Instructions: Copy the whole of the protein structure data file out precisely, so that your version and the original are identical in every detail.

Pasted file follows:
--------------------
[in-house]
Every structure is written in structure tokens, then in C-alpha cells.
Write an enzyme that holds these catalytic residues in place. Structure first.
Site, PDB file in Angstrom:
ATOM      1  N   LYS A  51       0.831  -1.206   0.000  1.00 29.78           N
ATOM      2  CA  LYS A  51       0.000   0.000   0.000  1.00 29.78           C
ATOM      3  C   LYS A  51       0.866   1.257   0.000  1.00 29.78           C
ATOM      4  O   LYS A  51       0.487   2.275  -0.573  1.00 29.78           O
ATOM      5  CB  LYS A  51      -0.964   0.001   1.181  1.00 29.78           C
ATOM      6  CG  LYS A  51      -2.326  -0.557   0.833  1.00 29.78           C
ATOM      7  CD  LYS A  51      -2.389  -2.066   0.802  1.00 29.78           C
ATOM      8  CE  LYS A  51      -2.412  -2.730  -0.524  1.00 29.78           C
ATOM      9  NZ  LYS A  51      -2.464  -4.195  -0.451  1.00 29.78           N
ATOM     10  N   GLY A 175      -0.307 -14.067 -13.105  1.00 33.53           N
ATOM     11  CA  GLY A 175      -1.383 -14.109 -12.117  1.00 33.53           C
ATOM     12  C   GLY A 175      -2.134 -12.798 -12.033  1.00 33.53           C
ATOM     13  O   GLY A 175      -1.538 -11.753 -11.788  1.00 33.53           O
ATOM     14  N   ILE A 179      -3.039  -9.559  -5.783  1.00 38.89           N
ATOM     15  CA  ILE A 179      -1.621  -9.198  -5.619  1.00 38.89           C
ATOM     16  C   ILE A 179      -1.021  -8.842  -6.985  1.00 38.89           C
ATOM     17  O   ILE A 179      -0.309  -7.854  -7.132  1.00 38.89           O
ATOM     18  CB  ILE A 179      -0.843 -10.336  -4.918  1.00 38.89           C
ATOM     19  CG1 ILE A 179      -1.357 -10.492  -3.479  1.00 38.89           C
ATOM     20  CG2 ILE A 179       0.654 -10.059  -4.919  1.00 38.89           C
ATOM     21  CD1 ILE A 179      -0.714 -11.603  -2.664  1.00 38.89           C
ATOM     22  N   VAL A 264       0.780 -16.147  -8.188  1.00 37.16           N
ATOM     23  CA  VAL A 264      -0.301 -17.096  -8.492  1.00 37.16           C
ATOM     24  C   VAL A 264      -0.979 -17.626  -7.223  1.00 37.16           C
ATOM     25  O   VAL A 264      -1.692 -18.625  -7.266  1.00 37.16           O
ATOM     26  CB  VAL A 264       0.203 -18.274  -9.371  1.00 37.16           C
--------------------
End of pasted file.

[in-house]
Every structure is written in structure tokens, then in C-alpha cells.
Write an enzyme that holds these catalytic residues in place. Structure first.
Site, PDB file in Angstrom:
ATOM      1  N   LYS A  51       0.831  -1.206   0.000  1.00 29.78           N
ATOM      2  CA  LYS A  51       0.000   0.000   0.000  1.00 29.78           C
ATOM      3  C   LYS A  51       0.866   1.257   0.000  1.00 29.78           C
ATOM      4  O   LYS A  51       0.487   2.275  -0.573  1.00 29.78           O
ATOM      5  CB  LYS A  51      -0.964   0.001   1.181  1.00 29.78           C
ATOM      6  CG  LYS A  51      -2.326  -0.557   0.833  1.00 29.78           C
ATOM      7  CD  LYS A  51      -2.389  -2.066   0.802  1.00 29.78           C
ATOM      8  CE  LYS A  51      -2.412  -2.730  -0.524  1.00 29.78           C
ATOM      9  NZ  LYS A  51      -2.464  -4.195  -0.451  1.00 29.78           N
ATOM     10  N   GLY A 175      -0.307 -14.067 -13.105  1.00 33.53           N
ATOM     11  CA  GLY A 175      -1.383 -14.109 -12.117  1.00 33.53           C
ATOM     12  C   GLY A 175      -2.134 -12.798 -12.033  1.00 33.53           C
ATOM     13  O   GLY A 175      -1.538 -11.753 -11.788  1.00 33.53           O
ATOM     14  N   ILE A 179      -3.039  -9.559  -5.783  1.00 38.89           N
ATOM     15  CA  ILE A 179      -1.621  -9.198  -5.619  1.00 38.89           C
ATOM     16  C   ILE A 179      -1.021  -8.842  -6.985  1.00 38.89           C
ATOM     17  O   ILE A 179      -0.309  -7.854  -7.132  1.00 38.89           O
ATOM     18  CB  ILE A 179      -0.843 -10.336  -4.918  1.00 38.89           C
ATOM     19  CG1 ILE A 179      -1.357 -10.492  -3.479  1.00 38.89           C
ATOM     20  CG2 ILE A 179       0.654 -10.059  -4.919  1.00 38.89           C
ATOM     21  CD1 ILE A 179      -0.714 -11.603  -2.664  1.00 38.89           C
ATOM     22  N   VAL A 264       0.780 -16.147  -8.188  1.00 37.16           N
ATOM     23  CA  VAL A 264      -0.301 -17.096  -8.492  1.00 37.16           C
ATOM     24  C   VAL A 264      -0.979 -17.626  -7.223  1.00 37.16           C
ATOM     25  O   VAL A 264      -1.692 -18.625  -7.266  1.00 37.16           O
ATOM     26  CB  VAL A 264       0.203 -18.274  -9.371  1.00 37.16           C